Should Doctors Ask Patients About Their Sexual Orientation?

Shelly Reese


September 25, 2018

In This Article

Physicians' Reluctance to Ask About Sexuality

But even as policy organizations and healthcare advocates emphasize the importance of asking patients about their sexuality, physicians on the front lines are loath to do so, fearing the question is too personal.

In a 2017 study published in JAMA Internal Medicine, 78% of emergency room doctors and nurses surveyed said they didn't think patients would answer questions about their sexual orientation and identity and would refuse to provide such information when asked in this setting.[3]

Even clinicians who have a special interest in sexual medicine may be hesitant to broach the subject. In a recent survey of 92 healthcare practitioners who are members of the Sexual Medicine Society of North America, only half said they routinely ask patients directly about their sexual orientation, according to Johns Hopkins researchers. What's more, over 40% of those who do not ask said that sexual orientation is irrelevant to patients' care.[4]

"I was shocked," said Amin Herati, MD, a urologist at Johns Hopkins Hospital in Baltimore, Maryland, and one of the study's authors. Herati notes that men who have sex with men are at increased risk for hepatitis, HPV, and anal cancer and require a different treatment for erectile dysfunction than men who have sex exclusively with women. "It was breathtaking to see how many members of the provider community thought it was irrelevant to ask and how many were simply counting on the patient to disclose that information."

Ironically, while physicians may hesitate to ask patients about their sexuality, patients don't appear to have many qualms about answering them.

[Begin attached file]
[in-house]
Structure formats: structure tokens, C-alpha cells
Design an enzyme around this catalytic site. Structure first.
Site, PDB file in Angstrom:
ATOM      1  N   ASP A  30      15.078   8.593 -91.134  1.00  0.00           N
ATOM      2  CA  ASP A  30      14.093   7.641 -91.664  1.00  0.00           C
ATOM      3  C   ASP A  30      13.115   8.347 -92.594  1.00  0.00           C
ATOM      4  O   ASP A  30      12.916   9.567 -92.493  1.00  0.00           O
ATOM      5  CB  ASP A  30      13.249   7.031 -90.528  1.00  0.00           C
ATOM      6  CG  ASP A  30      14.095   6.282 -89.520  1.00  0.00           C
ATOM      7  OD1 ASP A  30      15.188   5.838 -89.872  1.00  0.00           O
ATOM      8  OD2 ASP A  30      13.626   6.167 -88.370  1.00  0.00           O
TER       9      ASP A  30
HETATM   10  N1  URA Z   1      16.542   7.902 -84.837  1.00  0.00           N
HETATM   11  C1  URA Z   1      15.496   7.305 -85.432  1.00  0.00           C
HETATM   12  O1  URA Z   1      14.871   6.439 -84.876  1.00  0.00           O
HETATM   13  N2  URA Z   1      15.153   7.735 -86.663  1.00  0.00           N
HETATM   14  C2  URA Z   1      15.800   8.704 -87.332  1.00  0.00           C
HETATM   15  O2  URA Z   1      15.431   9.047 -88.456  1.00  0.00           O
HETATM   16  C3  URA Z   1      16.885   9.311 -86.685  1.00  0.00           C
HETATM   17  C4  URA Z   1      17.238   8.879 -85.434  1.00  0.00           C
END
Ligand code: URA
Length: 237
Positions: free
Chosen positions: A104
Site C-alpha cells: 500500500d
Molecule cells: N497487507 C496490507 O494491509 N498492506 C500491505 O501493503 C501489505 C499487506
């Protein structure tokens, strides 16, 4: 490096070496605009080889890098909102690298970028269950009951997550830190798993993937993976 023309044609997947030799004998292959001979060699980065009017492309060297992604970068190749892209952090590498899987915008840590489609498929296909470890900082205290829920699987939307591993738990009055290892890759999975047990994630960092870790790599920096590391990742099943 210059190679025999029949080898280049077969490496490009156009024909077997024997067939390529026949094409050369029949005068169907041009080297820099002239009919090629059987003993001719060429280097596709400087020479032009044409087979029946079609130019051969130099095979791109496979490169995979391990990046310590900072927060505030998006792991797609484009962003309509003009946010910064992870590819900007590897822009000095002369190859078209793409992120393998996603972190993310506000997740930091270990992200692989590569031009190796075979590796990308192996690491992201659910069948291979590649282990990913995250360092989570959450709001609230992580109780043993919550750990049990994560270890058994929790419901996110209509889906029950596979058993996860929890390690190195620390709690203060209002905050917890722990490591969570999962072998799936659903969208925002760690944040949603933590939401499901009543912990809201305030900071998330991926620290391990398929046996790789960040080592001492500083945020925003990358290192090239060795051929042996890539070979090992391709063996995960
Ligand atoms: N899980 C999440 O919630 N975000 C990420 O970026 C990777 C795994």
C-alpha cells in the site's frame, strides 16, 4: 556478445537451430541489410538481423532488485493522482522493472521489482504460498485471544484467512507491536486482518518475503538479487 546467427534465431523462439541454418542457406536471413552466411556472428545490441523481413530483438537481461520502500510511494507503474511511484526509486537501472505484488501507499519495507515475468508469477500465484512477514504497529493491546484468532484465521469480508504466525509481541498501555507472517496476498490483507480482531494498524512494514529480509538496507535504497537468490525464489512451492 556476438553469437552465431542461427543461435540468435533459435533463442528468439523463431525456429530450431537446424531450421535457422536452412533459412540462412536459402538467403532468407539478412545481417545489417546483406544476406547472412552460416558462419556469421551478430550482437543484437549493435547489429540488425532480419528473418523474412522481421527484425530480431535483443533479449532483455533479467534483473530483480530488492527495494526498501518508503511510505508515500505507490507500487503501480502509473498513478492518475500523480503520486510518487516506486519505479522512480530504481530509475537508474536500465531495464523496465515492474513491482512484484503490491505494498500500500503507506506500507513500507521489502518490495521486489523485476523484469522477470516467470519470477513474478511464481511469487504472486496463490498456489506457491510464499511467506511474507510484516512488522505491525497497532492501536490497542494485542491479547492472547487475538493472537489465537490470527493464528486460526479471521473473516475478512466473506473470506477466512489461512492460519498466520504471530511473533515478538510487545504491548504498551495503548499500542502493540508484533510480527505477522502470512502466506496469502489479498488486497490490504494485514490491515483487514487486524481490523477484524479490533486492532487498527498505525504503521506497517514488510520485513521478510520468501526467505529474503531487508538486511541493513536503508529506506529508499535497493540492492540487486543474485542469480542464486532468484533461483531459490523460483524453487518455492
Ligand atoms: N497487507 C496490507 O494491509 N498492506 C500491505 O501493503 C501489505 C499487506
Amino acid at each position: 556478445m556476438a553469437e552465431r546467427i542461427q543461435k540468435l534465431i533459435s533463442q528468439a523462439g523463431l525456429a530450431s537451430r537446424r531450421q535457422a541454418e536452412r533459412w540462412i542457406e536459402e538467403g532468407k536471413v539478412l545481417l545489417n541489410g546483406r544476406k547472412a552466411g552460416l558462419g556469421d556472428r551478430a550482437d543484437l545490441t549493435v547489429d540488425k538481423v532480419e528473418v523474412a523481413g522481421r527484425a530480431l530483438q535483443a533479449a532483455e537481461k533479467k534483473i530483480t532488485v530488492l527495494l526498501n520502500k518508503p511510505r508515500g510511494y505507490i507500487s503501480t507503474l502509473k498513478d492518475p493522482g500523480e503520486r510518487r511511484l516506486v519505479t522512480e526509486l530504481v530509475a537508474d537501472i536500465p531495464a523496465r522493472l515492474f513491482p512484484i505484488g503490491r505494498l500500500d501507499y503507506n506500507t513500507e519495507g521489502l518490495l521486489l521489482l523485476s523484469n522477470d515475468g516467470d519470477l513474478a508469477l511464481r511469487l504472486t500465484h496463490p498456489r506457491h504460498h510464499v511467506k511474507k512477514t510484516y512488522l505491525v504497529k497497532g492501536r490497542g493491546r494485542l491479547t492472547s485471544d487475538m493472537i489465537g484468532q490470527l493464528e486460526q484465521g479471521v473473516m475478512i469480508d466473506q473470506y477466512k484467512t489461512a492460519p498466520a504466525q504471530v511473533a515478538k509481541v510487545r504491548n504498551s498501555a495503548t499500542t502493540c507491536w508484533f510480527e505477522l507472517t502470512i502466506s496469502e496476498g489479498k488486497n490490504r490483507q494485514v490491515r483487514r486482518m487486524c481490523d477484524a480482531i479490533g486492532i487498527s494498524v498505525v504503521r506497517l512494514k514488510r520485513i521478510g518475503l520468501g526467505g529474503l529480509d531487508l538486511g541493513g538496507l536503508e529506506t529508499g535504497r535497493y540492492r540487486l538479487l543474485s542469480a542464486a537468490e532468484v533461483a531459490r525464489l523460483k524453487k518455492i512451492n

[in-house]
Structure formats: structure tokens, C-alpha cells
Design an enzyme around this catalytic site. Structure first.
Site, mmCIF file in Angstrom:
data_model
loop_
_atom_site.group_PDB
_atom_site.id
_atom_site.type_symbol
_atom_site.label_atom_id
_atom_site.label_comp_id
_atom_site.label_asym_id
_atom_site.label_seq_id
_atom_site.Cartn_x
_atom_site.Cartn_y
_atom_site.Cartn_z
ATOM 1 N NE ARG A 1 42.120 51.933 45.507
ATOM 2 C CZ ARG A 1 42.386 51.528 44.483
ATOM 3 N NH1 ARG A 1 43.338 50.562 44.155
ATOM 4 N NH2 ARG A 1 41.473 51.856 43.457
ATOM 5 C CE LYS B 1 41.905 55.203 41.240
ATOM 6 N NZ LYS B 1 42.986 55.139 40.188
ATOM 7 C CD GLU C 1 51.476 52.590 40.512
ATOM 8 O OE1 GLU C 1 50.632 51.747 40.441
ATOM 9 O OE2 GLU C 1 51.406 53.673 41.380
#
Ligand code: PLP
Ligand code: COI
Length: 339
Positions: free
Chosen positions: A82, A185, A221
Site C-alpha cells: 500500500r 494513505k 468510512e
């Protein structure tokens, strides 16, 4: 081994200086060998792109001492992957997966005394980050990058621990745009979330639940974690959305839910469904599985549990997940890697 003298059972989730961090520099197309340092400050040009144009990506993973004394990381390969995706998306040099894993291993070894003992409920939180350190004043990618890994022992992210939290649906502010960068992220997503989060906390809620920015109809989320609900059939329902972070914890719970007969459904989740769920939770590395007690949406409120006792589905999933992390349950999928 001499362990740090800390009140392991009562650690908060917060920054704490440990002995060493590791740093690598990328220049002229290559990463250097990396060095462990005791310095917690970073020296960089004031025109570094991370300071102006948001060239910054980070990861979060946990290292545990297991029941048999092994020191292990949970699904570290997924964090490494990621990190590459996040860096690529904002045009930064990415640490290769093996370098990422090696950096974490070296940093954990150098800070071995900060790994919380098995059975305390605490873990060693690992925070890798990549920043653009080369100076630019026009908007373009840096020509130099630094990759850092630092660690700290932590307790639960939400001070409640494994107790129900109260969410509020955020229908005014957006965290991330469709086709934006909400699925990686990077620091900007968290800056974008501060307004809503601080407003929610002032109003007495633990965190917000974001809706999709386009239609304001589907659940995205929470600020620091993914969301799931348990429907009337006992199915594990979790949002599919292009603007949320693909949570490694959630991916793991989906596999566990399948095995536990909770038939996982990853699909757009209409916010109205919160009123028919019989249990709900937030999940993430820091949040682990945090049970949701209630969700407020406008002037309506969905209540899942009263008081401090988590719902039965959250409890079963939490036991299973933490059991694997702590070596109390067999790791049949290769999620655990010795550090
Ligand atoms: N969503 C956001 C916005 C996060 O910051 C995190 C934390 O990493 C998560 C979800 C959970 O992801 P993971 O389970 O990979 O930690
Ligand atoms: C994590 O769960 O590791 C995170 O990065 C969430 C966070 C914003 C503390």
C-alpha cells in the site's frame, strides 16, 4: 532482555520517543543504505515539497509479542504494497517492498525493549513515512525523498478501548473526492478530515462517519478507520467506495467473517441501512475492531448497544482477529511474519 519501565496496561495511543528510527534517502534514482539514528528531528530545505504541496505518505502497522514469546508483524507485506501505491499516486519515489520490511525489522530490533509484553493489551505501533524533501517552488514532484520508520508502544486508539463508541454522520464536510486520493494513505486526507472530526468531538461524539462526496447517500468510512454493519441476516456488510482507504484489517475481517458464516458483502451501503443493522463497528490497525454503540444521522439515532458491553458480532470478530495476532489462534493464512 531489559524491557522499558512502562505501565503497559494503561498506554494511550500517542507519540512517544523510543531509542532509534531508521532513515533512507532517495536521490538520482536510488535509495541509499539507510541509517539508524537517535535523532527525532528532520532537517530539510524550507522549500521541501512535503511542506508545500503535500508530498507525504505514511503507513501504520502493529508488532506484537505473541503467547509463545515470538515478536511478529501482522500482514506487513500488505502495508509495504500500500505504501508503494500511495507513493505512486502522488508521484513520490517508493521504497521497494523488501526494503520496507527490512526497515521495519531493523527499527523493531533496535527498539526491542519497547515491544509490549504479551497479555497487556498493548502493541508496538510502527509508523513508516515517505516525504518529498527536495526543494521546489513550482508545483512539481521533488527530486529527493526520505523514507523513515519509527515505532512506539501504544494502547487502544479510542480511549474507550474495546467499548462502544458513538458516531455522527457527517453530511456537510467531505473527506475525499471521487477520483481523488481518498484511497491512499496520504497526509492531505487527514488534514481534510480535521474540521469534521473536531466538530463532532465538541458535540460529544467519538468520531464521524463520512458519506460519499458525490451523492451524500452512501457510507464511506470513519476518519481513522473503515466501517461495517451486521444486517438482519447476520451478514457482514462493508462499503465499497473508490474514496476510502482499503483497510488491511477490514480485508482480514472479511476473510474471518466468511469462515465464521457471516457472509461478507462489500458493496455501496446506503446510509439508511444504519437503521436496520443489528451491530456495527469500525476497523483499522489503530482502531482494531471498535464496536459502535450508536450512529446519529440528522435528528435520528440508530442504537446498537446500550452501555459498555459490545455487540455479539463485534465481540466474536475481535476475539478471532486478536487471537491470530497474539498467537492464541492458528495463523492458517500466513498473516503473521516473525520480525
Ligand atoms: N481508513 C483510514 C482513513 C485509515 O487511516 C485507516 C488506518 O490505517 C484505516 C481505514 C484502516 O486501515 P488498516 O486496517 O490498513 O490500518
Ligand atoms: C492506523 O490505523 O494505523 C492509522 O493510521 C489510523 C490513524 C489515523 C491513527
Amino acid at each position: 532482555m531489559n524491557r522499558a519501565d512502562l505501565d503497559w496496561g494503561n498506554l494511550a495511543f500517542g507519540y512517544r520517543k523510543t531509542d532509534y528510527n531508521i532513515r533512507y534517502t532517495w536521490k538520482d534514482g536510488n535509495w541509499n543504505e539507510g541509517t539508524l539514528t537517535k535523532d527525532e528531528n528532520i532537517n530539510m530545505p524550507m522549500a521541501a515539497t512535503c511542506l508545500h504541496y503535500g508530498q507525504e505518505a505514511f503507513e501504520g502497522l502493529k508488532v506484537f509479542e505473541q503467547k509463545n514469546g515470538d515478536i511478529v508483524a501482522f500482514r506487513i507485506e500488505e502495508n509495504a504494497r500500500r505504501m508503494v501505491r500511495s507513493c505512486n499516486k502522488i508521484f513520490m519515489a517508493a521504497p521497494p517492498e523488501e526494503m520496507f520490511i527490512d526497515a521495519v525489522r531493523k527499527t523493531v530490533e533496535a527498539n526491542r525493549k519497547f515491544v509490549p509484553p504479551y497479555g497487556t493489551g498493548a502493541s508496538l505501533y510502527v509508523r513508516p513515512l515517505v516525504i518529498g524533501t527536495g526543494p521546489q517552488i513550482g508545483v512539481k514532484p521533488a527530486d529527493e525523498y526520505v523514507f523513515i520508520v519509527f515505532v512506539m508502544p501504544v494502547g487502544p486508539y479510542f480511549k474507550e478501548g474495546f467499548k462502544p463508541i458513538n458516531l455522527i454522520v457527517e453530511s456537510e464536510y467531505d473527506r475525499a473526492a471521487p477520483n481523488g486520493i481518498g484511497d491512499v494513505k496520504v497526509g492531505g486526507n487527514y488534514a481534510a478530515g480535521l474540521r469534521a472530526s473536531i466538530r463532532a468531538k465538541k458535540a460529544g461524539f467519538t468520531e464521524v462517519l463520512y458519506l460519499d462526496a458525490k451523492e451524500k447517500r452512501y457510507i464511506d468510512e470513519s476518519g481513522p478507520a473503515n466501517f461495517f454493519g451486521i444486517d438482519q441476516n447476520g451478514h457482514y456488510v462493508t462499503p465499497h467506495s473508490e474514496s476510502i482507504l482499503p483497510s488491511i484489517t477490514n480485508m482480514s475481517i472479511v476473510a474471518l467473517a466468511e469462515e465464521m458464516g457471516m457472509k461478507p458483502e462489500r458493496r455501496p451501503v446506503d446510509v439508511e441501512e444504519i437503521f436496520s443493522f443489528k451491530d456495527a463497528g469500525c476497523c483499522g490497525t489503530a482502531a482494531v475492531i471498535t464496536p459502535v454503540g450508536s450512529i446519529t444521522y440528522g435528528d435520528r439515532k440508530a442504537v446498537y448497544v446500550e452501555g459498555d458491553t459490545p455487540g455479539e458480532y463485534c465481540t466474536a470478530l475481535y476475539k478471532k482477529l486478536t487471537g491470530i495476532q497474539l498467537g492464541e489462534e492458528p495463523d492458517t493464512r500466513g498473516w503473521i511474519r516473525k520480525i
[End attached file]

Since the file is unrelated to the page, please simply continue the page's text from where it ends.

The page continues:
Half of the patients surveyed in the JAMA study said they would provide sexual orientation information as long as it was documented in the same way as other demographic questions. Fewer than 11% of patients said they would be offended if such information were routinely collected in the emergency department, and only about 10% said they would refuse to provide the information.

In their qualitative comments, some patients told researchers that it was as foundational for physicians to know their sexual identity as it was for them to know their diet and exercise habits. Many noted that routinely collecting sexual orientation information as part of the demographic profile promotes greater societal recognition. As a gay female told researchers, "If you are counted, if you are visible, it is sort of another form of recognition at an institutional level."

Jay Schuur, MD, MHS, vice chair of clinical affairs for the department of emergency medicine at Brigham and Women's Hospital in Boston, Massachusetts, and one of the JAMA study authors, says that patients' comments underscore that asking about sexual identity in the emergency department is important even when it doesn't directly relate to the reason a person is seeking treatment. Having a more complete picture of a patient's life—such as whether they have a partner to care for them or a stable place to recover —enables healthcare institutions to provide better care.

"Historically we've been taught to ask prying questions only when they're relevant to the reason a person presents in the emergency department," he says, "but we've learned that there are some pieces of information—like asking about domestic violence—that are worth asking everybody, because if we don't make it a habit of asking all the time, it won't happen."


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